Dr. Mac Alford is known for his cheery disposition and omnipresent smile. Lately, he’s had a good reason for both.
An assistant professor of biological sciences and curator of the university’s herbarium, Alford learned last week he was the recipient of a prestigious and highly competitive Fulbright Foreign Scholarship. The award allows Alford, whose areas of expertise include tropical plants and plant diversity, to teach and conduct research at the University of Novi Sad in Serbia. His nine-month appointment begins in October.
“There are lots of applicants for these scholarships, and the review is multi-level and rigorous and therefore not many get approved, so I’m delighted,” Alford said.
Appointed by the president of the United States, the Fulbright Scholarship Board is responsible for the selection of award recipients. The program supports the mutual understanding between the American people and those of more than 150 countries that participate through educational and cultural endeavors.
Alford, who has participated in international academic research in the past, will teach tropical biology and theoretical aspects of botany while at Novi Sad. “Novi Sad has a strong program in wetlands biology, and I want to complement that program and serve as a resource for that area,” he said.
“We’re very excited for Dr. Alford,” said Dr. Glen Shearer, chairman of the Southern Miss Department of Biological Sciences. “This is a tremendous professional development opportunity for him and will have positive impacts on our department, the College of Science and Technology and the university.”
Serbia and other countries that comprised the former nation of Yugoslavia continue to recover from the Kosovo War that marred the Balkans during the late 1990s, hindering investment in scientific research. Because of this, Alford said there is a dearth of available information about the region’s plant diversity as well as plant migration during the ice ages.
“Because of the concern about stability in that region following the wars in the late 1990s, there has been limited field work there,” he said. “Also, there have been other priorities that the country has been focused on in recovering from the wars that have prevented investment in scientific research infrastructure.”
Alford plans to help improve that situation by leveraging his research expertise and work as herbarium curator, in which he uses the latest technology for establishing databases and specimen imaging for its more than 25,000 plants. He hopes his Fulbright-sponsored work will increase opportunities for mutually beneficial international research for Novi Sad and Serbia.
“This area of the Balkans is biologically one of the richest areas of Europe, primarily because of its rugged terrain,” he said. “It has diverse animal and plant life, including lynx and bears and even African violet relatives, which we have none of in North America. But this has been untapped through research since the late 1990s, and my goal is to provide them some tools for getting that information out.”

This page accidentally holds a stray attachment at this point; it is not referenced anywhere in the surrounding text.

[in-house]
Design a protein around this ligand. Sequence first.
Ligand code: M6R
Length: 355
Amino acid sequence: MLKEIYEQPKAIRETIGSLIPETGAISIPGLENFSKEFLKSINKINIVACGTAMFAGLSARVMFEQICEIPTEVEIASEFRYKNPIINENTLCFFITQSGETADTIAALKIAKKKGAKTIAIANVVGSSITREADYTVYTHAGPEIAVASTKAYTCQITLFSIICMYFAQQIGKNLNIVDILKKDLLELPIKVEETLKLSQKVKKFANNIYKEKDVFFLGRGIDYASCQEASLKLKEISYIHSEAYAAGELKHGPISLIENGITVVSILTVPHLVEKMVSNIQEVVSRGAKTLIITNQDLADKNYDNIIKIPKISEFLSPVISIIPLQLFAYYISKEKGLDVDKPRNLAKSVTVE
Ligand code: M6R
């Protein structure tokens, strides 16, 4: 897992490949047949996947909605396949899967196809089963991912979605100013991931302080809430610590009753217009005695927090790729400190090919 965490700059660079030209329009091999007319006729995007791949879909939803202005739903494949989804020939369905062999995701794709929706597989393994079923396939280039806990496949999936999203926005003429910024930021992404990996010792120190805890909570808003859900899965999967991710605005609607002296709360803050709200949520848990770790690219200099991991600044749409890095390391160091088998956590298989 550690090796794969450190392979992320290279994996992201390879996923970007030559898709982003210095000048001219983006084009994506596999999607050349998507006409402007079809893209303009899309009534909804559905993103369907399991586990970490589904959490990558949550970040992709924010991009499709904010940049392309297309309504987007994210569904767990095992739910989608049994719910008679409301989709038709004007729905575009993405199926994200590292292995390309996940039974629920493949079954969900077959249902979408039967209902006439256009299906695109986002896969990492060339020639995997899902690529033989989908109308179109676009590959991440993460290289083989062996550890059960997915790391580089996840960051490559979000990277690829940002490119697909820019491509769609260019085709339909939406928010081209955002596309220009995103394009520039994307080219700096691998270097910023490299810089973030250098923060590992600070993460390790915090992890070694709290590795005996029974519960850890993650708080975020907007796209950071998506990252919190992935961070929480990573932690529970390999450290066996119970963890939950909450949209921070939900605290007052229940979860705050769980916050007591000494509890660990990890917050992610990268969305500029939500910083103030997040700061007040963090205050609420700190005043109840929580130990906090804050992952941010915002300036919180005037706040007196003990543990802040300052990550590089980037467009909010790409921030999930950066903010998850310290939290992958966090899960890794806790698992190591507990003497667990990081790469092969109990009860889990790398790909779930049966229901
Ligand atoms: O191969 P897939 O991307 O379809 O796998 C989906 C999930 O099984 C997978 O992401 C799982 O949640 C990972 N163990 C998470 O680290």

Through the program, Alford’s own research will benefit from the opportunity to study plant life in the temperate elements of the region. He also wants the relationships he builds to lead to student exchange opportunities between the two universities.
Alford likens the Fulbright program to an educational version of the Peace Corps. “We’re exchanging academic knowledge, and at the same time I as a person am representing the U.S. and acting as a bridge between the two countries to promote mutual understanding.”
Building that bridge has its challenges, especially since Serbia and the U.S. were on opposite sides of the Kosovo War in the late 1990s. But Alford is optimistic. His wife is a native of Serbia, and through her he’s gained a unique perspective and increased knowledge about the region.
“We haven’t had such a positive relationship with Serbia in the recent past, so another part of my going there is to help, in my own way, to improve that relationship by building positive relationships with real people through academic research and teaching,” he said.
Alford joined the Southern Miss faculty in the fall semester of 2005. He said the university has provided him with a platform that made getting the Fulbright Scholarship possible.
“Southern Miss has allowed me a unique research experience through my work with the herbarium and lots of opportunities to teach classes I wanted to teach in botany,” he said. “I’ve gotten a lot of positive feedback from students and colleagues that I have collaborated with in my department. I’ve had a great experience here.”
Angie Dement, a Southern Miss senior majoring in molecular biology, said that aside from her parents Alford has been one of the most positive influences in her life. “He’s been my mentor here at the university, and I don’t believe I would have made it this far without him,” she said.